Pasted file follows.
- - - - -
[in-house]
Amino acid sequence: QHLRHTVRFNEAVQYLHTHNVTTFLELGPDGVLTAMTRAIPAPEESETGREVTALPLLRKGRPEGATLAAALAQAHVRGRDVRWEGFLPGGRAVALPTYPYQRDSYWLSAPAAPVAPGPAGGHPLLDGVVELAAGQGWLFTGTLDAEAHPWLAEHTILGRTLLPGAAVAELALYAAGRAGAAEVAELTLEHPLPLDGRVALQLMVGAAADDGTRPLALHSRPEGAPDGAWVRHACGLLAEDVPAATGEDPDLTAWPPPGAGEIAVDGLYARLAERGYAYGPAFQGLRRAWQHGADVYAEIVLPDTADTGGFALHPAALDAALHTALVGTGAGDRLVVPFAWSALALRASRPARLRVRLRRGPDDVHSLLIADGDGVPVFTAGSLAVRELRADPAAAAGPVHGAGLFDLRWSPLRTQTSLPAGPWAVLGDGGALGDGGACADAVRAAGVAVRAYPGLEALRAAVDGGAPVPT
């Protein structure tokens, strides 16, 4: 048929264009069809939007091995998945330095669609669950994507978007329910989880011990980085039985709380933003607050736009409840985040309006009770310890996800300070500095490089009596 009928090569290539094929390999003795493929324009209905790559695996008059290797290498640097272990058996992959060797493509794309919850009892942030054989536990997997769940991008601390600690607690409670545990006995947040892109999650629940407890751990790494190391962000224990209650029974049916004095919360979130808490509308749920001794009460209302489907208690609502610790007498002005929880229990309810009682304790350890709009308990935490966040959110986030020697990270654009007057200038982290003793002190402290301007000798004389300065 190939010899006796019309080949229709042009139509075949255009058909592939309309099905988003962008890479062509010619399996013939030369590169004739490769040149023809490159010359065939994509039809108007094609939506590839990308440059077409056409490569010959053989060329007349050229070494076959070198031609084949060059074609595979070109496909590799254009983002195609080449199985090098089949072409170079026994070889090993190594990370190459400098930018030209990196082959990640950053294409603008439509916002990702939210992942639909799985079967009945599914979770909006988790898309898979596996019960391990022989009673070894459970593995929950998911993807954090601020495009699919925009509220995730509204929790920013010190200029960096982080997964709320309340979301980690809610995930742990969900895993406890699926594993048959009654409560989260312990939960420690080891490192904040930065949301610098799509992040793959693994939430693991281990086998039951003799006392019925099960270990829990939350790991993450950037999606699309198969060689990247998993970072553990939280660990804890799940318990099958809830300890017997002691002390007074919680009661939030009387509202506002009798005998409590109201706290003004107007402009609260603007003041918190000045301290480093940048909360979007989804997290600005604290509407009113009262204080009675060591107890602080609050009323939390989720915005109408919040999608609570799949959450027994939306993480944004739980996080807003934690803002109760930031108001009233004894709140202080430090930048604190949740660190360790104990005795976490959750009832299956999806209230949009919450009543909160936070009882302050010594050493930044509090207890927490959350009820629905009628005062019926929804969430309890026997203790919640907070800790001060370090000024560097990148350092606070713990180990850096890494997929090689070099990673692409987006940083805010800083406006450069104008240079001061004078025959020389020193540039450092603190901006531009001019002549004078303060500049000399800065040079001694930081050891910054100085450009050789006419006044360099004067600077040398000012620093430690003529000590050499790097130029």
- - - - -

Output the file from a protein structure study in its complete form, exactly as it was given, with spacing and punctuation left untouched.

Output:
[in-house]
Amino acid sequence: QHLRHTVRFNEAVQYLHTHNVTTFLELGPDGVLTAMTRAIPAPEESETGREVTALPLLRKGRPEGATLAAALAQAHVRGRDVRWEGFLPGGRAVALPTYPYQRDSYWLSAPAAPVAPGPAGGHPLLDGVVELAAGQGWLFTGTLDAEAHPWLAEHTILGRTLLPGAAVAELALYAAGRAGAAEVAELTLEHPLPLDGRVALQLMVGAAADDGTRPLALHSRPEGAPDGAWVRHACGLLAEDVPAATGEDPDLTAWPPPGAGEIAVDGLYARLAERGYAYGPAFQGLRRAWQHGADVYAEIVLPDTADTGGFALHPAALDAALHTALVGTGAGDRLVVPFAWSALALRASRPARLRVRLRRGPDDVHSLLIADGDGVPVFTAGSLAVRELRADPAAAAGPVHGAGLFDLRWSPLRTQTSLPAGPWAVLGDGGALGDGGACADAVRAAGVAVRAYPGLEALRAAVDGGAPVPT
């Protein structure tokens, strides 16, 4: 048929264009069809939007091995998945330095669609669950994507978007329910989880011990980085039985709380933003607050736009409840985040309006009770310890996800300070500095490089009596 009928090569290539094929390999003795493929324009209905790559695996008059290797290498640097272990058996992959060797493509794309919850009892942030054989536990997997769940991008601390600690607690409670545990006995947040892109999650629940407890751990790494190391962000224990209650029974049916004095919360979130808490509308749920001794009460209302489907208690609502610790007498002005929880229990309810009682304790350890709009308990935490966040959110986030020697990270654009007057200038982290003793002190402290301007000798004389300065 190939010899006796019309080949229709042009139509075949255009058909592939309309099905988003962008890479062509010619399996013939030369590169004739490769040149023809490159010359065939994509039809108007094609939506590839990308440059077409056409490569010959053989060329007349050229070494076959070198031609084949060059074609595979070109496909590799254009983002195609080449199985090098089949072409170079026994070889090993190594990370190459400098930018030209990196082959990640950053294409603008439509916002990702939210992942639909799985079967009945599914979770909006988790898309898979596996019960391990022989009673070894459970593995929950998911993807954090601020495009699919925009509220995730509204929790920013010190200029960096982080997964709320309340979301980690809610995930742990969900895993406890699926594993048959009654409560989260312990939960420690080891490192904040930065949301610098799509992040793959693994939430693991281990086998039951003799006392019925099960270990829990939350790991993450950037999606699309198969060689990247998993970072553990939280660990804890799940318990099958809830300890017997002691002390007074919680009661939030009387509202506002009798005998409590109201706290003004107007402009609260603007003041918190000045301290480093940048909360979007989804997290600005604290509407009113009262204080009675060591107890602080609050009323939390989720915005109408919040999608609570799949959450027994939306993480944004739980996080807003934690803002109760930031108001009233004894709140202080430090930048604190949740660190360790104990005795976490959750009832299956999806209230949009919450009543909160936070009882302050010594050493930044509090207890927490959350009820629905009628005062019926929804969430309890026997203790919640907070800790001060370090000024560097990148350092606070713990180990850096890494997929090689070099990673692409987006940083805010800083406006450069104008240079001061004078025959020389020193540039450092603190901006531009001019002549004078303060500049000399800065040079001694930081050891910054100085450009050789006419006044360099004067600077040398000012620093430690003529000590050499790097130029």